Mercedes has a dominant market position in the sales of its own products. Mercedes sets the prices for the products it sells. The question should not however be whether the price of a Mercedes car part is too high but whether Mercedes is engaging in anticompetitive behavior in the secondary market of car parts to extract higher prices. In every car market, China included, consumers have the choice of purchasing replacement parts and services from the manufacturer of the car or going to other mechanics and purchasing non-dealer replacement parts. The primary argument cited by Chinese authorities is that if you were to build a Mercedes from spare parts it would cost 12 times the cost of the Mercedes rather than 3 times in other markets. This indicates that Mercedes is charging significantly more than other markets but says nothing about anti-trust or anti-competitive abuses.
The question then becomes whether Mercedes was trying to keep other companies from selling replacement parts for Mercedes. With the exception of a small number of parts, most car parts have off-brand manufacturers that will make replacement parts for Mercedes cars. These are not branded as Mercedes but they are acceptable as replacement parts. Similar to the milk case, Mercedes is not even charged with trying to prevent third party manufacturers from selling replacement parts to Mercedes owners. In other words, consumers are perfectly free to buy cheaper replacement parts for their Mercedes in a competitive market, place given concerns over quality, they prefer to purchase branded Mercedes replacement parts.
The baby powder milk formula and the replacement Mercedes car parts have two interesting and common threads. First, Chinese consumers are highly skeptical of the quality of Chinese products. No amount of Beijing led witch hunts on foreign companies is going to change that. Chinese consumers paid more for foreign baby formula because the chances it is laced with melamine is much lower than its domestically purchased equivalent. Chinese consumers willing to pay more for a branded product they trust is not anticompetitive behavior by the foreign firm selling them the product but rather charging a premium price for a premium product. That is simply good business sense. Second, these “anti-trust” cases are not about market dominance or anti-competitive behavior by firms but rather selling a product at a price that Beijing does not approve. Just because a product prices are different either between competing companies or between countries is no surprise to any economist. Firms have a variety of pricing strategies and sell their goods for different prices to different customers at different places. There is no evidence that any of these firms either enjoy a dominant market position or engage in anticompetitive behavior.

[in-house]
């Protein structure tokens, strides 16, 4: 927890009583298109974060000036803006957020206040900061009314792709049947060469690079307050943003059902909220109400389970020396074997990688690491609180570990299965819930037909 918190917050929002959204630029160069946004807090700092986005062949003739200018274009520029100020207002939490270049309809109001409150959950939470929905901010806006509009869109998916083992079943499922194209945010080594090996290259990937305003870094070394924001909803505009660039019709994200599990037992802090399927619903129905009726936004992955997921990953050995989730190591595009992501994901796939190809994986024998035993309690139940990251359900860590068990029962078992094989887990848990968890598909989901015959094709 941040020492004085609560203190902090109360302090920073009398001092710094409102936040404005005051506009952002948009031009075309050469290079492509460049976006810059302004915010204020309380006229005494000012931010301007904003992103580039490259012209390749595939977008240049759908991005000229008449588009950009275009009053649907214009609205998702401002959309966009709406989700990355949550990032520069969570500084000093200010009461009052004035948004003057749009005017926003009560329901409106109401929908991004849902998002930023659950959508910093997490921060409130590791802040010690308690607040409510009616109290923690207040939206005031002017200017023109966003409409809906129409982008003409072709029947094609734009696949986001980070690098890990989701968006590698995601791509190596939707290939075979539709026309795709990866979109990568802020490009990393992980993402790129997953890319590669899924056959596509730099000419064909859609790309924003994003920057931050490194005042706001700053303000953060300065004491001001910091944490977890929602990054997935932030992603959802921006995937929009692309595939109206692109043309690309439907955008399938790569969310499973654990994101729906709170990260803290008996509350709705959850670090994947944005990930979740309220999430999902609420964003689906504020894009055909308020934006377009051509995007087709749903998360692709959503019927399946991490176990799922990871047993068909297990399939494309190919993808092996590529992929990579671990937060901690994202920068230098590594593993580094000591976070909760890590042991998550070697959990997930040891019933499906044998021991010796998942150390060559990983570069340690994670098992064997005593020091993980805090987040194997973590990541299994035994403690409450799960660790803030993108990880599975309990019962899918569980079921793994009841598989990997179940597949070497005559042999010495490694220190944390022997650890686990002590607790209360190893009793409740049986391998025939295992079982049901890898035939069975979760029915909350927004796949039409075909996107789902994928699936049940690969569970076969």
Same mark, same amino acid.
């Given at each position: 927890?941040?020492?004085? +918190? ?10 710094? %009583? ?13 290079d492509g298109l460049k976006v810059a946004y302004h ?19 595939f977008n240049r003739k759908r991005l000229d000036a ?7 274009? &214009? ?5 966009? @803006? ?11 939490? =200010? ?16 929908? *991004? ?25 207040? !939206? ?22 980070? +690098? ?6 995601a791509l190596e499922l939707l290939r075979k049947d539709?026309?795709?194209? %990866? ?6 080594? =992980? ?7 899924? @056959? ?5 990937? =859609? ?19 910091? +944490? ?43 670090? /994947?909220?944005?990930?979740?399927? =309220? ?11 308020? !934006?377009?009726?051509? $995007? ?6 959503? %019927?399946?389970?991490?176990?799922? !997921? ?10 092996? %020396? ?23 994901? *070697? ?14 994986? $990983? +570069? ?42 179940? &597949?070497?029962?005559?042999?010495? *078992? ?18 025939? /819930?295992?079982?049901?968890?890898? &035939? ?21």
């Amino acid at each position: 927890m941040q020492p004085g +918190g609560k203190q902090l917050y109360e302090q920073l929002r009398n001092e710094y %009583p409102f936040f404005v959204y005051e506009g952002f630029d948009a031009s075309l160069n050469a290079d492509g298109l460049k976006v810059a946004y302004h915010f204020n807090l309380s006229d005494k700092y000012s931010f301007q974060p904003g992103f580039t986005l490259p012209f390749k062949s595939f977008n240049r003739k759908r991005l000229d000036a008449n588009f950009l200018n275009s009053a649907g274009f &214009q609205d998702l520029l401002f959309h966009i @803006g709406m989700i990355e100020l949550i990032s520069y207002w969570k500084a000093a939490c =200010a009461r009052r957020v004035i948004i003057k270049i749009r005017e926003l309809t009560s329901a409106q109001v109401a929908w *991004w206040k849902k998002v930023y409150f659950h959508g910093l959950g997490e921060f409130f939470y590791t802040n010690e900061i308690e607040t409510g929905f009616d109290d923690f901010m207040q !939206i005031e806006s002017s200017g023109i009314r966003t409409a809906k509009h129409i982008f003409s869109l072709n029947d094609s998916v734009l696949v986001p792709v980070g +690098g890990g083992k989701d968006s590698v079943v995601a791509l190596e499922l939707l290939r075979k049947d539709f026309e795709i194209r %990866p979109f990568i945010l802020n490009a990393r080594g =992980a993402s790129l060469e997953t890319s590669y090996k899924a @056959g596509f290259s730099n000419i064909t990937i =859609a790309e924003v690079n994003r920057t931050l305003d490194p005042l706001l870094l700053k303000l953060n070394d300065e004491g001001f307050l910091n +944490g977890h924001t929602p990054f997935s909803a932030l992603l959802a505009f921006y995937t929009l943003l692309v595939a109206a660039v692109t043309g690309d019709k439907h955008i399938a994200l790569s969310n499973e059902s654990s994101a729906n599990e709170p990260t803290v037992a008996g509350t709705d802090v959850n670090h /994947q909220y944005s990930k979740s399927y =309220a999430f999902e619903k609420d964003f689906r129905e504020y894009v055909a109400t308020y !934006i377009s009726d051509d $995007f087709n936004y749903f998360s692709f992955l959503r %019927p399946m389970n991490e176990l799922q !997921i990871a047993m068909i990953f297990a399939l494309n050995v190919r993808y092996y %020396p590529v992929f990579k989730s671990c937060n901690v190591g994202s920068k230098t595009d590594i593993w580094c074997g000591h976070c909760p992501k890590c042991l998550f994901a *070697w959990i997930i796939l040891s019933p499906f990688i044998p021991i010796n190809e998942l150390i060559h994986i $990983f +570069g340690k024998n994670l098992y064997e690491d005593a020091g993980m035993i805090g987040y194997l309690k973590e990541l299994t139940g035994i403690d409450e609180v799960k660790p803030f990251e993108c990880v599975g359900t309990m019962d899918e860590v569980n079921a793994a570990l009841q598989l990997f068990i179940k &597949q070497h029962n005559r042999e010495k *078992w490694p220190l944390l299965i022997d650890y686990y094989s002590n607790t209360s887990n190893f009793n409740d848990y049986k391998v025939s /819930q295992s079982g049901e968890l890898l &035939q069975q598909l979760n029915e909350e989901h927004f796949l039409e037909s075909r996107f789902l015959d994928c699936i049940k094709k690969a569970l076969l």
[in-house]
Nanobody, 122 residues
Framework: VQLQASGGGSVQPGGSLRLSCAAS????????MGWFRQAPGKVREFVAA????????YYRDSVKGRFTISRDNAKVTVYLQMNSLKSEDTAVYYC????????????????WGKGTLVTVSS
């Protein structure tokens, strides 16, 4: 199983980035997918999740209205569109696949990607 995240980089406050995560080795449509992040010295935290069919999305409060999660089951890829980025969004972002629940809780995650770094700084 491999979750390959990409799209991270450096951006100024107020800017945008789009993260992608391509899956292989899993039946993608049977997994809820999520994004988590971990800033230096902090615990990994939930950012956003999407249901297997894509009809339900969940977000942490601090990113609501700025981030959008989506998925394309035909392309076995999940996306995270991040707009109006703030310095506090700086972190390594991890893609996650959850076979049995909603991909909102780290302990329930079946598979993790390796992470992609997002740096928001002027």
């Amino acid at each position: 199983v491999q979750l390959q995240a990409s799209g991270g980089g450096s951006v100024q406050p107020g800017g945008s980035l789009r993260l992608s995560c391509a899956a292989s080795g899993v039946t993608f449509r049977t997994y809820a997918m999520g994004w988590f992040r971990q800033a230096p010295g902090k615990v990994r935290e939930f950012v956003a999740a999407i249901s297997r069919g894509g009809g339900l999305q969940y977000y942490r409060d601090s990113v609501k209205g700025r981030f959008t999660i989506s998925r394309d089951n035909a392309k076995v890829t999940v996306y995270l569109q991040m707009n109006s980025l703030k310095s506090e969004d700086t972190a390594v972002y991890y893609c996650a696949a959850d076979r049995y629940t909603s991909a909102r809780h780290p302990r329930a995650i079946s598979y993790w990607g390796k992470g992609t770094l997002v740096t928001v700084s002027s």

There are two final notes worth mentioning. First, Microsoft has recently come under anti-trust scrutiny in China for its supposed dominant position in operating systems and office software programs and how this impacts pricing. What is so puzzling is given that approximately 90% of Microsoft labeled software in China is pirated, how can Microsoft be assumed to have a dominant position? It seems more reasonable to charge the pirates with anti-trust violations. Second, this focus on the price of the good now armed with anti-trust regulation continues Beijing’s obsession with demanding foreign firms lower their prices. Previously CCTV, just as much an arm of the government as the anti-trust regulators, had targeted firms like Starbucks for the price of a cup of coffee. Even though evidence indicates that Chinese Starbucks are not outside the normal pricing range, Beijing tried to make the cost of a latte an anti-foreign firm political issue.
Whether or not Beijing is deliberately targeting foreign firms and not domestic firms, is difficult to say given that lack comparison data. However, it is easy to tell that these so called anti-trust violations are not based upon economics.